There are two main words in Arabic that are used to describe light: ‘dhaw’ and ‘nur’. ‘Dhaw’ refers to physical light while the word ‘nur’ more often refers to light’s metaphysical qualities. It is the same word that occurs in the Quran’s chapter on light, the Surah An-Nur, where God, Allah, is described as light upon light, Nurun ala Nur, as well as the light of the heavens and the earth. The Arabic word ‘safina’ means ‘vessel’, but can also refer to a ship or more recently to an airplane or even a spacecraft. ‘Safina’’s Persian cognate however, ’safineh’, refers to a particular and idiosyncratic type of book, often a collection of poetry or an encyclopaedia-like compendium, in which the text, crucially, is written parallel to its spine. For a ‘safineh’ to be in the correct orientation for reading, it must be therefore be rotated through 90 degrees, effectively elongating its cover, making the book appear like a long vessel or a vase.
All of these subtleties are explored by the Iranian-American artist Ala Ebtekar in his latest show, Safina, a new body of work that combines the physical and the earthly with the metaphysical and the celestial, and in which cyanotypes, an early form of photography developed by astronomers, have been generated using different forms of other-worldly light. “I’m interested in how the UV light emitted from starlight and moonlight can essentially expose a work, and through that process—this eight to 10 hour exposureperiod from dusk until dawn—a work is created that mirrors the sky,” Ebtekar tells me. In the case of Azimuth (12 billion years, 80 minutes), Ebtekar has employed sunlight to expose a monumental, four-paneled canvas, literally painting with light. “There is something about tapping into these different timelines, about gazing back,” he suggests. “What happens if we shift the gaze, and it’s the gaze of 12 billion years looking at us, of interfacing with the world using a different timeline?” A series of cyanotype images of our nearest celestial neighbour, Ebtekar’s 36 Views of the Moon, was inspired by a quote from Omar Khayyam that conjures a very similar sense of a shifted perspective: “Drink wine and look at the moon and think of all the civilisations the moon has seen passing by”. Another of Ebtekar’s cyanotypes, Nightfall (after Asimov & Emmerson), exposed using moon and starlight on a copy of Isaac Asimov’s collection of short sci-fi tales Nightfall and OtherStories ultimately refers back to a quote that also considers the potential impact of considering the heavens. "If the stars should appear one night in a thousand years, how would men believe and adore; and preserve for many generations the remembrance of the city of God”, [Ralph] Waldo Emerson wrote in his famous 1836 essay, Nature.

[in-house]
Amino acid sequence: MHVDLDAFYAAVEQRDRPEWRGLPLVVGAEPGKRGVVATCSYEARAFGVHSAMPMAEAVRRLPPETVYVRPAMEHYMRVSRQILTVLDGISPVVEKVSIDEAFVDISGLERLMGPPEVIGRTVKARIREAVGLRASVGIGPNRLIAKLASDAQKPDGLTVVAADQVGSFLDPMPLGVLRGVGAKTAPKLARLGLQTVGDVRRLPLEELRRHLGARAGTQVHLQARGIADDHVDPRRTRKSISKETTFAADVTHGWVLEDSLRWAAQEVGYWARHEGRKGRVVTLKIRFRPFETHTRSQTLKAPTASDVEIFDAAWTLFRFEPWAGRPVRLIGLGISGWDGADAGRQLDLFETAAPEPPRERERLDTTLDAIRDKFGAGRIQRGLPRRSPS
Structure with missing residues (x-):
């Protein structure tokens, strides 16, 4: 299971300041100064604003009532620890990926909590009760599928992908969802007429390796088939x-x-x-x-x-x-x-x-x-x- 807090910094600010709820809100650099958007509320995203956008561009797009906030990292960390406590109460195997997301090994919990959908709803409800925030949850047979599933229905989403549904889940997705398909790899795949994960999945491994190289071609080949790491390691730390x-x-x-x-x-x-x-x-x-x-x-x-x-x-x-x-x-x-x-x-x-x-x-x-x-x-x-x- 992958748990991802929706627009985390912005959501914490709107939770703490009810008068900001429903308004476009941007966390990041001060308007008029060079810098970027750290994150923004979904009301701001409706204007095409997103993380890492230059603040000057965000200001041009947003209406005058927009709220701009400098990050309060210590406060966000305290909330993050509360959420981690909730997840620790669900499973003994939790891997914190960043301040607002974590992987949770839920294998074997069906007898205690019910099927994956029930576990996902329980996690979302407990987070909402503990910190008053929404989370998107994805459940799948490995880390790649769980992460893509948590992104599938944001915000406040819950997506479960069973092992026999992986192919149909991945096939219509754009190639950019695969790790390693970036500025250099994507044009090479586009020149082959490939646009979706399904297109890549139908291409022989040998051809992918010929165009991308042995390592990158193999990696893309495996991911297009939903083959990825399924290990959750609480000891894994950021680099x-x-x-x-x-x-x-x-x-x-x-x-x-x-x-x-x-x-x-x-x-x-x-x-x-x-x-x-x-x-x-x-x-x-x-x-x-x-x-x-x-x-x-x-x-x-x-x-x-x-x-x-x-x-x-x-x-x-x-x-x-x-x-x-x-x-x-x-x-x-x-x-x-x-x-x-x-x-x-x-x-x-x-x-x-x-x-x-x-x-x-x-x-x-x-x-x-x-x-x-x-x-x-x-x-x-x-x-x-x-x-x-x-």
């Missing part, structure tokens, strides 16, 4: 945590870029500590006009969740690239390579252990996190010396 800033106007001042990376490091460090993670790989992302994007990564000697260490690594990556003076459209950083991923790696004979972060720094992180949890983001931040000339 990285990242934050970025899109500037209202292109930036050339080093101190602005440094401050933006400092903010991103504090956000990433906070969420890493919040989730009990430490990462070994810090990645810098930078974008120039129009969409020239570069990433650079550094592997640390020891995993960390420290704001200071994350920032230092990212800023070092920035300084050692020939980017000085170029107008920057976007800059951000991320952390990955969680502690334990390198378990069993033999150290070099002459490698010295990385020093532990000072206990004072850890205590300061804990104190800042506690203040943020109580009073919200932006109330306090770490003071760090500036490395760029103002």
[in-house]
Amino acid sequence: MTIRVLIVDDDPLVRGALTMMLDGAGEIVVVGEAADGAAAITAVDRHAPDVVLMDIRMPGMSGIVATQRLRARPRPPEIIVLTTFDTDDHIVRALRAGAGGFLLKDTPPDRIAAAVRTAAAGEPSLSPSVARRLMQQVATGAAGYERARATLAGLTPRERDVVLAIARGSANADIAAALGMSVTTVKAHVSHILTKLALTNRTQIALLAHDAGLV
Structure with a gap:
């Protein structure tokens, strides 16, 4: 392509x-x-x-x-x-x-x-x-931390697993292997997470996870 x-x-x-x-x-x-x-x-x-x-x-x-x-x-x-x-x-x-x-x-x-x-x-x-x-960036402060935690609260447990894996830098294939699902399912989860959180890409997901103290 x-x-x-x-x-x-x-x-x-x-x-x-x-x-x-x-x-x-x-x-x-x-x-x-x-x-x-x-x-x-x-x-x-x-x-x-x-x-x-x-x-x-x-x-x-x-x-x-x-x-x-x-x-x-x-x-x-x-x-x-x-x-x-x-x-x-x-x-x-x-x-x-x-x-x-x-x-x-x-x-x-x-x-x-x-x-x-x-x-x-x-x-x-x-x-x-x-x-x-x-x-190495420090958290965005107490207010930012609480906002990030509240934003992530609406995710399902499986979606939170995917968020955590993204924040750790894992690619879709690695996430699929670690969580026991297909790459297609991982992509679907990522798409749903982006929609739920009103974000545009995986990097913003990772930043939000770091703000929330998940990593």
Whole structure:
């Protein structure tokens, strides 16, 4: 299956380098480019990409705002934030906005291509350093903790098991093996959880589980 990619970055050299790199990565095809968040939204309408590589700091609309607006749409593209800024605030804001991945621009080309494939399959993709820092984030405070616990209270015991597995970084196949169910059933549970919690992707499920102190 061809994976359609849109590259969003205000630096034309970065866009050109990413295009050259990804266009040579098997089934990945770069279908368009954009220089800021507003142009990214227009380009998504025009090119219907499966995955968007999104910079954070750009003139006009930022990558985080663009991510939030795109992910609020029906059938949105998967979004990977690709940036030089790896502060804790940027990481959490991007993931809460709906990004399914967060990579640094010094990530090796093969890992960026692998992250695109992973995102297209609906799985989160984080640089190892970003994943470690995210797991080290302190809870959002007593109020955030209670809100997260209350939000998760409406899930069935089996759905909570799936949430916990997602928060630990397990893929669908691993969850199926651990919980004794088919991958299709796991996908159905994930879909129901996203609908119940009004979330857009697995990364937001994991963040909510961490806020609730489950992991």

In 1941, Emerson’s quote served as the inspiration for Isaac Asimov’s famous short story, Nightfall, about the coming of darkness to the people of a planet that is normally always illuminated by sunlight. Once every 2000 years, an eclipse brings darkness to the planet which, in turn, reveals a sky full of stars. In witnessing this and realising their insignificance amidst the vast universe, everyone on the planet goes mad. In using these stories as both his canvas and his inspiration, Ebtekar returns to the notion of the ‘safina’ as a vessel, part-book and part-ship, capable of travelling through space and time to chart intellectual constellations from very different places and times. If the proposition sounds far-fetched, Ebtekar’s convoluted trajectories delight and convince not just because of their kaleidoscopic variety or the depth of his research, but because of the consistency with which he has pursued these ideas across a trilogy of shows that began in 2015 at The Third Line with Nowheresville \'nä-kōja,-abäd\, before continuing last year with au(ro)raat San Francisco’s Anglim Gilbert Gallery.
In its own way, Ebtekar argues, Safina operates in a similar way to the original compendia, such as the famous Safineh-yi Tabriz, the Vessel, or Treasury of Tabriz, which has been described by academics as “a whole treasure-house, compressed between two covers”. Just as that manuscript now offers a unique insight into a specific medieval Islamic intellect, so Ebtekar’s aesthetic and intellectual mix-tape charts the contours of a learned but very contemporary Iranian-American mind. Part-‘dhaw’ and part-‘nur’, part-‘safina’ and part-‘safineh’, Ebtekar’s show is a treasure-house that knows no constraint other than the desire to remain in the light. Ala Ebtekar's Safina runs at The Third Line until 27 December.
From the former Alserkal Avenue website.